5/ Trump reversed his demand to immediately declassify documents related to the Russia investigation, including the Foreign Intelligence Surveillance Court application to wiretap Carter Page. Less than a week later, Trump tweeted that the Justice Department inspector general would instead review the documents, adding that he "can always declassify if it proves necessary." Trump said that while DOJ officials told him the "declassification" of documents "may have a perceived negative impact on the Russia probe," he received calls from "key Allies," who asked him not to release the documents. (Washington Post / New York Times / CNN)

6/ Robert Mueller is investigating $3.3 million in bank transactions between two of the men who orchestrated the Trump Tower meeting. On June 3, 2016, the money was moved from Aras Agalarov, a billionaire real estate developer close to both Putin and Trump, to Irakly "Ike" Kaveladze, a longtime Agalarov employee who was once investigated for money laundering – the same day that Trump Jr. received an email from Rob Goldstone offering dirt on Hillary Clinton as part of the Russian government's "support for Mr. Trump." In that email, Goldstone told Trump Jr. he was writing on behalf of a mutual friend, Emin Agalarov – Aras' son. The Trump Tower meeting occurred six days later. (BuzzFeed News)

  • Another Roger Stone associate met with Mueller's federal grand jury. Jerome Corsi is one of at least 11 individuals associated with Stone who have been contacted by the special counsel. His name has surfaced in connection with WikiLeaks. (ABC News)

  • Russian diplomats tried to help Julian Assange escape the U.K. The plan called for the WikiLeaks founder to be smuggled out of Ecuador's London embassy in a diplomatic vehicle and transported to another country – possibly Russia, where he wouldn't be extradited to the U.S. (The Guardian)


Notables.

  1. John Dowd, who at the time was heading Trump's legal team, help pay legal fees for Paul Manafort and Richard Gates. He initially tried to divert money from the White House legal defense fund, but Trump's advisers objected over concerns it could appear aimed at stopping the two former aides from cooperating with investigators. (Wall Street Journal)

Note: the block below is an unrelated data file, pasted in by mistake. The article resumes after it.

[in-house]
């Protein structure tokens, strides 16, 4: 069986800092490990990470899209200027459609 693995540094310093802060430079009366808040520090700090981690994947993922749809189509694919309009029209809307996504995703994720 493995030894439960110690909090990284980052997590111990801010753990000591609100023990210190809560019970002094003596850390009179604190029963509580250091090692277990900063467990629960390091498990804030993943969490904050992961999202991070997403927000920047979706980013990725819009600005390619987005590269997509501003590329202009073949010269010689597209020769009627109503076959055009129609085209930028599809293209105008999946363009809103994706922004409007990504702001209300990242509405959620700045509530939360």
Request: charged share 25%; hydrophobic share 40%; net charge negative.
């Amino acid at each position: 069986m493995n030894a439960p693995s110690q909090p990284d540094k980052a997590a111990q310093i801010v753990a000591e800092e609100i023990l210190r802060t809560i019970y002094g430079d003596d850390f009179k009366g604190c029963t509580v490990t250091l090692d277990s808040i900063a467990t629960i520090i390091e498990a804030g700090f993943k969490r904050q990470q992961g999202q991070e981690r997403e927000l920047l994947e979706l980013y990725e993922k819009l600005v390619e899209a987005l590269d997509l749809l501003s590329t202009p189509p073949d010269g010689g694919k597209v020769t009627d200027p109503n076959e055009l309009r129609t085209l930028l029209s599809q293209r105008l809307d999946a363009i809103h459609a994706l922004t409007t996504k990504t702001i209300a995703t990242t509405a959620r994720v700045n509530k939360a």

2. Federal immigration officers from July to September arrested 41 undocumented immigrants who came forward to care for undocumented children held in U.S. custody. An ICE official confirmed that the move to fully vet those who step up to care for undocumented children has served as another opportunity to track down and arrest more undocumented immigrants. (CNN)

  3. The Trump administration imposed sanctions against the Chinese military for purchasing fighter jets and missile systems from Russia. The purchases breach U.S. sanctions designed to punish Moscow for interfering in the 2016 U.S. presidential election. The Chinese government has demanded that the sanctions be withdrawn. (Reuters)

  4. Top Democrats promised to investigate Interior Secretary Ryan Zinke's business dealings, travels, political activities and industry relations if the party wins back the House in the midterms. "Zinke is one the most ethically challenged members of the Cabinet and maybe one of the most ethically challenged secretaries of the Interior we've had in living memory," said Rep. Gerry Connolly. Connolly said there is "rich material here to look into his behavior and his fitness for continued service in the office." (Politico)

  5. The U.S. and Mexico are prepared to move ahead on a new trade agreement without Canada, according to a Trump economic adviser. There is a little more than a week to go before a U.S.-imposed Oct. 1 deadline to publish the updated NAFTA deal, and the U.S. and Canada have still not agreed on terms. (Reuters / CNBC)